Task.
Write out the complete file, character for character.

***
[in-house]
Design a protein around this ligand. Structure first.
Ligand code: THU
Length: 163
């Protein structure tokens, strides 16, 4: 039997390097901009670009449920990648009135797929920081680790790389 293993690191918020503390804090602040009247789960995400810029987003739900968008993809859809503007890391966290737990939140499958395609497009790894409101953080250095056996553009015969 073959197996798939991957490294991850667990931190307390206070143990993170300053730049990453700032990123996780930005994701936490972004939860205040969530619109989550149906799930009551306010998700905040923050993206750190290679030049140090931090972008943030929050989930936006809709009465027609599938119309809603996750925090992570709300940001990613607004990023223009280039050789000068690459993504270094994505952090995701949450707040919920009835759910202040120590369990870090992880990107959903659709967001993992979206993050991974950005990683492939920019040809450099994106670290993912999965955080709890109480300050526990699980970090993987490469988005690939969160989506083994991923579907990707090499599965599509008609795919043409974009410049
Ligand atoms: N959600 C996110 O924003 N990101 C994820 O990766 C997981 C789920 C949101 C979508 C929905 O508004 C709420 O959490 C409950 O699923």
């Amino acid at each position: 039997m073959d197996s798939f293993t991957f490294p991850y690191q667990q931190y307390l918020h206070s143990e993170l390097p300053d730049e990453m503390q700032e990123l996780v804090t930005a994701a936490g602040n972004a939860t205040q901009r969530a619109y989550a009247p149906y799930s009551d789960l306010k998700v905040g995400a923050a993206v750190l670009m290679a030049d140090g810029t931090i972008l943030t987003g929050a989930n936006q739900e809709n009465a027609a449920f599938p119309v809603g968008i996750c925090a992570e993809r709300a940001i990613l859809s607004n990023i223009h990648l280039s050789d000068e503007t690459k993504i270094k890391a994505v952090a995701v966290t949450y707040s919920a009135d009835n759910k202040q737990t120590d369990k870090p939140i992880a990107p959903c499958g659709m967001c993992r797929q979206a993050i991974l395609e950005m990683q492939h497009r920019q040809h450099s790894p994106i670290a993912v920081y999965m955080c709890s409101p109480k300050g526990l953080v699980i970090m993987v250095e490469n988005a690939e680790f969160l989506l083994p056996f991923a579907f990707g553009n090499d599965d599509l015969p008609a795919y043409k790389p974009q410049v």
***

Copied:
[in-house]
Design a protein around this ligand. Structure first.
Ligand code: THU
Length: 163
């Protein structure tokens, strides 16, 4: 039997390097901009670009449920990648009135797929920081680790790389 293993690191918020503390804090602040009247789960995400810029987003739900968008993809859809503007890391966290737990939140499958395609497009790894409101953080250095056996553009015969 073959197996798939991957490294991850667990931190307390206070143990993170300053730049990453700032990123996780930005994701936490972004939860205040969530619109989550149906799930009551306010998700905040923050993206750190290679030049140090931090972008943030929050989930936006809709009465027609599938119309809603996750925090992570709300940001990613607004990023223009280039050789000068690459993504270094994505952090995701949450707040919920009835759910202040120590369990870090992880990107959903659709967001993992979206993050991974950005990683492939920019040809450099994106670290993912999965955080709890109480300050526990699980970090993987490469988005690939969160989506083994991923579907990707090499599965599509008609795919043409974009410049
Ligand atoms: N959600 C996110 O924003 N990101 C994820 O990766 C997981 C789920 C949101 C979508 C929905 O508004 C709420 O959490 C409950 O699923």
């Amino acid at each position: 039997m073959d197996s798939f293993t991957f490294p991850y690191q667990q931190y307390l918020h206070s143990e993170l390097p300053d730049e990453m503390q700032e990123l996780v804090t930005a994701a936490g602040n972004a939860t205040q901009r969530a619109y989550a009247p149906y799930s009551d789960l306010k998700v905040g995400a923050a993206v750190l670009m290679a030049d140090g810029t931090i972008l943030t987003g929050a989930n936006q739900e809709n009465a027609a449920f599938p119309v809603g968008i996750c925090a992570e993809r709300a940001i990613l859809s607004n990023i223009h990648l280039s050789d000068e503007t690459k993504i270094k890391a994505v952090a995701v966290t949450y707040s919920a009135d009835n759910k202040q737990t120590d369990k870090p939140i992880a990107p959903c499958g659709m967001c993992r797929q979206a993050i991974l395609e950005m990683q492939h497009r920019q040809h450099s790894p994106i670290a993912v920081y999965m955080c709890s409101p109480k300050g526990l953080v699980i970090m993987v250095e490469n988005a690939e680790f969160l989506l083994p056996f991923a579907f990707g553009n090499d599965d599509l015969p008609a795919y043409k790389p974009q410049v």